customer_connections — table
source_customer_id: varchar, target_customer_id:varchar
customers — table
customer_id varchar, customer_location:varchar, customer_overage_fee: boolean, end_of_contract_date: date
The query described in the previous paragraph can be expressed in Teradata Aster as:
SELECT * FROM BETWEENNESS(
ON (SELECT * from customer where customer_location=’New Jersey’ and
customer_overage_fee=’t’ and (end_of_contract_date – now()::date < 60) ) as vertices
PARTITION BY customer_id ON customer_connections as edges
PARTITION BY source_customer_id TARGETKEY(‘target_customer_id’)
) order by end_of_contract_date;
Not only does performing the query in a single system eliminate the need to export, parse, and reload data in the middle of queries, but it can also be optimized by a single optimizer that knows the statistics of the generated graphs, and can eliminate redundant operations, apply predicates and projections in the right place of query plans, etc. In fact, Teradata Aster actually has an elegant “collaborative planning” optimization technique that allows hybrid relational-graph queries to be planned and optimized in a unified framework. Since this post is already quite long, we will not discuss this optimization technique here, but I will likely describe it in detail in a future post.
In summary, graph analysis is an increasingly important technique that data scientists will need to apply to many real-world datasets. BSP graph engines are extremely well suited to performing a large class of graph analysis queries; however, they do not replace traditional relational database systems. Since modern workloads will contain both relational and graph queries, including some queries that require both relational and graph techniques within the same query, a two system approach will lead to headaches, slowdowns, and a general lack of optimality. Thus, I believe that many relational database systems will eventually incorporate a BSP execution engine to enable hybrid workloads and analysis. Teradata Aster is at the forefront of this trend.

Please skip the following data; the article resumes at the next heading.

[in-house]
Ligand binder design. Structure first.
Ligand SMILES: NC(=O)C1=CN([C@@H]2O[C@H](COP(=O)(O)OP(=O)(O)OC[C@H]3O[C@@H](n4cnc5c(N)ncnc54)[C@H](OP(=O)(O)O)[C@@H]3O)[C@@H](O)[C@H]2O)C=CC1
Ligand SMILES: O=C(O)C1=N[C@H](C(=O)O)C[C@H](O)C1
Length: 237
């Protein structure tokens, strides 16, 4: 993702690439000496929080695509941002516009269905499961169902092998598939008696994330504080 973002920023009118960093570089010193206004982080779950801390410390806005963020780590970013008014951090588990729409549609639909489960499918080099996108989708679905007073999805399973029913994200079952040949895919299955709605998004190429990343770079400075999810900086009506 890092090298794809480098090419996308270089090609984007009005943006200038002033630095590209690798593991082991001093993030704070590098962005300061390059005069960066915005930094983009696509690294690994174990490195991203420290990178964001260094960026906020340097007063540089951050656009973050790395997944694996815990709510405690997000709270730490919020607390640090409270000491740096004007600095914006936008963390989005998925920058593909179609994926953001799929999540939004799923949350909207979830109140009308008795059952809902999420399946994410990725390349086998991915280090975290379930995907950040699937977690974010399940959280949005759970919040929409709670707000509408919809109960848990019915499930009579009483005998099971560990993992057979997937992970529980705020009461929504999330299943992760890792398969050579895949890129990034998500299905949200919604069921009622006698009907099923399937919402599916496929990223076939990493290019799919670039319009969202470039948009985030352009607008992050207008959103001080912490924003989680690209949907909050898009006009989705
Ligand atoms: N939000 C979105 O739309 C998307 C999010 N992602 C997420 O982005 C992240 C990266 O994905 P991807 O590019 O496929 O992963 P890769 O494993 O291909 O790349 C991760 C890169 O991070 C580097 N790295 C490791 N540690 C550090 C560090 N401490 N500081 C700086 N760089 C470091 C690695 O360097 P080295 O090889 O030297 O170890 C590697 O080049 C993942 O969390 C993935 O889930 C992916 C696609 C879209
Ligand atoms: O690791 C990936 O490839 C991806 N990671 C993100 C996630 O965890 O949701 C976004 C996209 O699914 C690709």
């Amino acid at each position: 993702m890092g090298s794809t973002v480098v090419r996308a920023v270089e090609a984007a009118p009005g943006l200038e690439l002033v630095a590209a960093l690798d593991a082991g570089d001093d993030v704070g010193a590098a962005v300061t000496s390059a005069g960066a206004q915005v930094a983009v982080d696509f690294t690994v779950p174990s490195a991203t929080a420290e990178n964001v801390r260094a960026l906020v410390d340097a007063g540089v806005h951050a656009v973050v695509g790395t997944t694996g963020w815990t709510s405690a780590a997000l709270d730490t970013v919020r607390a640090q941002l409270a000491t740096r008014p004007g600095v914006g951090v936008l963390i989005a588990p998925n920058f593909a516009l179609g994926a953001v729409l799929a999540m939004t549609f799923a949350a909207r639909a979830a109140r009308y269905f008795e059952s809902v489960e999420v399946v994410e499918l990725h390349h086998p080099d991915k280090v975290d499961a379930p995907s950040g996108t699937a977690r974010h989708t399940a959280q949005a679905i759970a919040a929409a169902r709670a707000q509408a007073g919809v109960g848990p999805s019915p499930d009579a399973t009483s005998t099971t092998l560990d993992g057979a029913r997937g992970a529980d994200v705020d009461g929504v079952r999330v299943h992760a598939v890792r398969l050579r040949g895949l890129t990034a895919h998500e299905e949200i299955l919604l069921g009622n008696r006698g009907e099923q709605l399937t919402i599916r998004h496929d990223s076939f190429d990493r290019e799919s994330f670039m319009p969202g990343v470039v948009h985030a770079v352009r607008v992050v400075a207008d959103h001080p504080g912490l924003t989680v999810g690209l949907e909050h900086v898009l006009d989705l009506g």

Daniel Abadi is an Associate Professor at Yale University, founder of Hadapt, and a Teradata employee following the recent acquisition. He does research primarily in database system architecture and implementation. He received a Ph.D. from MIT and a M.Phil from Cambridge. He is best known for his research in column-store database systems (the C-Store project, which was commercialized by Vertica), high performance transactional systems (the H-Store project, commercialized by VoltDB), and Hadapt (acquired by Teradata). http://twitter.com/#!/daniel_abadi.